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Volume 11 Issue 6 - March 2006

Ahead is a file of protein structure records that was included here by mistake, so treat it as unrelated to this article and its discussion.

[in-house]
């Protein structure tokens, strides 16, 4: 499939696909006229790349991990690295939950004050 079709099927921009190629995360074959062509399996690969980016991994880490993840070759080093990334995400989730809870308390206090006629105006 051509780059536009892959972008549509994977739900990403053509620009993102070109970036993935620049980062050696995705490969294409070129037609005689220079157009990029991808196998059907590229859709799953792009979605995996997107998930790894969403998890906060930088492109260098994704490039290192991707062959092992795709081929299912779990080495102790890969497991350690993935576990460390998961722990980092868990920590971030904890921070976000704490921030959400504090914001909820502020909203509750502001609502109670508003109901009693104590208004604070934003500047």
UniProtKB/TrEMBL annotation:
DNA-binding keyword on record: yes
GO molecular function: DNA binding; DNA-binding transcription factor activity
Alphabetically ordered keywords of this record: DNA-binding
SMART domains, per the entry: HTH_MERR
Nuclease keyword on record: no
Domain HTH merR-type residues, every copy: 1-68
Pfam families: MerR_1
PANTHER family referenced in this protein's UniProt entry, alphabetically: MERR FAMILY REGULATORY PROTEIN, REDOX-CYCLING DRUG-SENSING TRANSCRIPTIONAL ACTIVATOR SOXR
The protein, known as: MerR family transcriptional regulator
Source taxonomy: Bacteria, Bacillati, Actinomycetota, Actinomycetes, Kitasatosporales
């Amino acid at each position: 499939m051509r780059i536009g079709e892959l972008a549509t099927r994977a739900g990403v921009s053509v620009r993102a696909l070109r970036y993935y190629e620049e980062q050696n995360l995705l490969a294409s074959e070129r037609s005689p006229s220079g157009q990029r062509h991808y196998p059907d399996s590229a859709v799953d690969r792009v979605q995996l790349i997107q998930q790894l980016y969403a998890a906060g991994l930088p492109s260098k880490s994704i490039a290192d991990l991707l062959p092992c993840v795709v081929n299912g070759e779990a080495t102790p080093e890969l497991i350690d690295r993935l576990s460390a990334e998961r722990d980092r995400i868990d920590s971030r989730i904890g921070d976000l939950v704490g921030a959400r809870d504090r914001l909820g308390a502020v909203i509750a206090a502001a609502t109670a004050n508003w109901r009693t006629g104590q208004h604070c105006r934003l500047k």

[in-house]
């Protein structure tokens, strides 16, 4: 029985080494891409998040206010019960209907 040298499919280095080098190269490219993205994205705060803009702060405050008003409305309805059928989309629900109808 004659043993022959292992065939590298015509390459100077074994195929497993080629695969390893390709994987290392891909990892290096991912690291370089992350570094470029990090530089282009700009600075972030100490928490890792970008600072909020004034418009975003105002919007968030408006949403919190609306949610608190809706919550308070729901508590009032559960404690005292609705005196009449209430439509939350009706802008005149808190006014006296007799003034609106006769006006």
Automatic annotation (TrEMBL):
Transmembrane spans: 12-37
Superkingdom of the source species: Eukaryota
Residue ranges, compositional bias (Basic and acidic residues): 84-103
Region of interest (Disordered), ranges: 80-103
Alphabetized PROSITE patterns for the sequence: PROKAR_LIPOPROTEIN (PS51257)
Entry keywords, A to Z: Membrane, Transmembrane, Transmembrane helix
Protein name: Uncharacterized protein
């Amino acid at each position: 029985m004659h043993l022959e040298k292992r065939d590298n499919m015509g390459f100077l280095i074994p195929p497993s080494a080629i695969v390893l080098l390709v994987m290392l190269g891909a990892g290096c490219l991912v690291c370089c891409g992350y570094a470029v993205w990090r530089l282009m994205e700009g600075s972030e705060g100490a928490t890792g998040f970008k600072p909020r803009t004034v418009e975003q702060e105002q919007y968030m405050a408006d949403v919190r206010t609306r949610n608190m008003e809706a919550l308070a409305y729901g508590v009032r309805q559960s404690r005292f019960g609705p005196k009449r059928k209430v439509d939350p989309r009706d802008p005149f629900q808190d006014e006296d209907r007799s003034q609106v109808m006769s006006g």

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ecently in town